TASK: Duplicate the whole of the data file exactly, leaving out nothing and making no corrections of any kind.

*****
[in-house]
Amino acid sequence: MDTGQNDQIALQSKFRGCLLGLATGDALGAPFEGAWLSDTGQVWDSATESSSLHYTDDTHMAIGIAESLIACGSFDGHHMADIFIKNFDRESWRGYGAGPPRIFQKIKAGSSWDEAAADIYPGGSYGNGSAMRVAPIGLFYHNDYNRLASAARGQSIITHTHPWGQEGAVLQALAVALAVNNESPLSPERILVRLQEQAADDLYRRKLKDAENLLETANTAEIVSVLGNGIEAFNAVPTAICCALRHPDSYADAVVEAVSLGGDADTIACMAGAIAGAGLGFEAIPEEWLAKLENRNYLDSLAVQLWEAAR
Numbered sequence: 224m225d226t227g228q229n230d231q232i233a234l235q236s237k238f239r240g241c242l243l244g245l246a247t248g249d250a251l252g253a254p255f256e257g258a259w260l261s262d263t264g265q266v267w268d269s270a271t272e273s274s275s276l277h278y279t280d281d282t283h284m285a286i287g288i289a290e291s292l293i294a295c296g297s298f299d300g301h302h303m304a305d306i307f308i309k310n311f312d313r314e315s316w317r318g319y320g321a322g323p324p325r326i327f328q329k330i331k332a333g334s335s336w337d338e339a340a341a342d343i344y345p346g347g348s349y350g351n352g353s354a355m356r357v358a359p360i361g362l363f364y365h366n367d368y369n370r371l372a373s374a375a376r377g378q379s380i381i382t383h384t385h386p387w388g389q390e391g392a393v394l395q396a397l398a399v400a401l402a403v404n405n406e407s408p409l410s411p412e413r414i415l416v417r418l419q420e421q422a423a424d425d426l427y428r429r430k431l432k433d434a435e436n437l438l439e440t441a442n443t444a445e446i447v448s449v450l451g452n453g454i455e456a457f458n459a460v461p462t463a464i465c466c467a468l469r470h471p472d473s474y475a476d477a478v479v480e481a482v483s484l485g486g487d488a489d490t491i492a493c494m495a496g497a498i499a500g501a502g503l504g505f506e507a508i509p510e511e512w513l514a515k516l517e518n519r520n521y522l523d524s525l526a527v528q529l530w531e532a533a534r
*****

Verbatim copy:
[in-house]
Amino acid sequence: MDTGQNDQIALQSKFRGCLLGLATGDALGAPFEGAWLSDTGQVWDSATESSSLHYTDDTHMAIGIAESLIACGSFDGHHMADIFIKNFDRESWRGYGAGPPRIFQKIKAGSSWDEAAADIYPGGSYGNGSAMRVAPIGLFYHNDYNRLASAARGQSIITHTHPWGQEGAVLQALAVALAVNNESPLSPERILVRLQEQAADDLYRRKLKDAENLLETANTAEIVSVLGNGIEAFNAVPTAICCALRHPDSYADAVVEAVSLGGDADTIACMAGAIAGAGLGFEAIPEEWLAKLENRNYLDSLAVQLWEAAR
Numbered sequence: 224m225d226t227g228q229n230d231q232i233a234l235q236s237k238f239r240g241c242l243l244g245l246a247t248g249d250a251l252g253a254p255f256e257g258a259w260l261s262d263t264g265q266v267w268d269s270a271t272e273s274s275s276l277h278y279t280d281d282t283h284m285a286i287g288i289a290e291s292l293i294a295c296g297s298f299d300g301h302h303m304a305d306i307f308i309k310n311f312d313r314e315s316w317r318g319y320g321a322g323p324p325r326i327f328q329k330i331k332a333g334s335s336w337d338e339a340a341a342d343i344y345p346g347g348s349y350g351n352g353s354a355m356r357v358a359p360i361g362l363f364y365h366n367d368y369n370r371l372a373s374a375a376r377g378q379s380i381i382t383h384t385h386p387w388g389q390e391g392a393v394l395q396a397l398a399v400a401l402a403v404n405n406e407s408p409l410s411p412e413r414i415l416v417r418l419q420e421q422a423a424d425d426l427y428r429r430k431l432k433d434a435e436n437l438l439e440t441a442n443t444a445e446i447v448s449v450l451g452n453g454i455e456a457f458n459a460v461p462t463a464i465c466c467a468l469r470h471p472d473s474y475a476d477a478v479v480e481a482v483s484l485g486g487d488a489d490t491i492a493c494m495a496g497a498i499a500g501a502g503l504g505f506e507a508i509p510e511e512w513l514a515k516l517e518n519r520n521y522l523d524s525l526a527v528q529l530w531e532a533a534r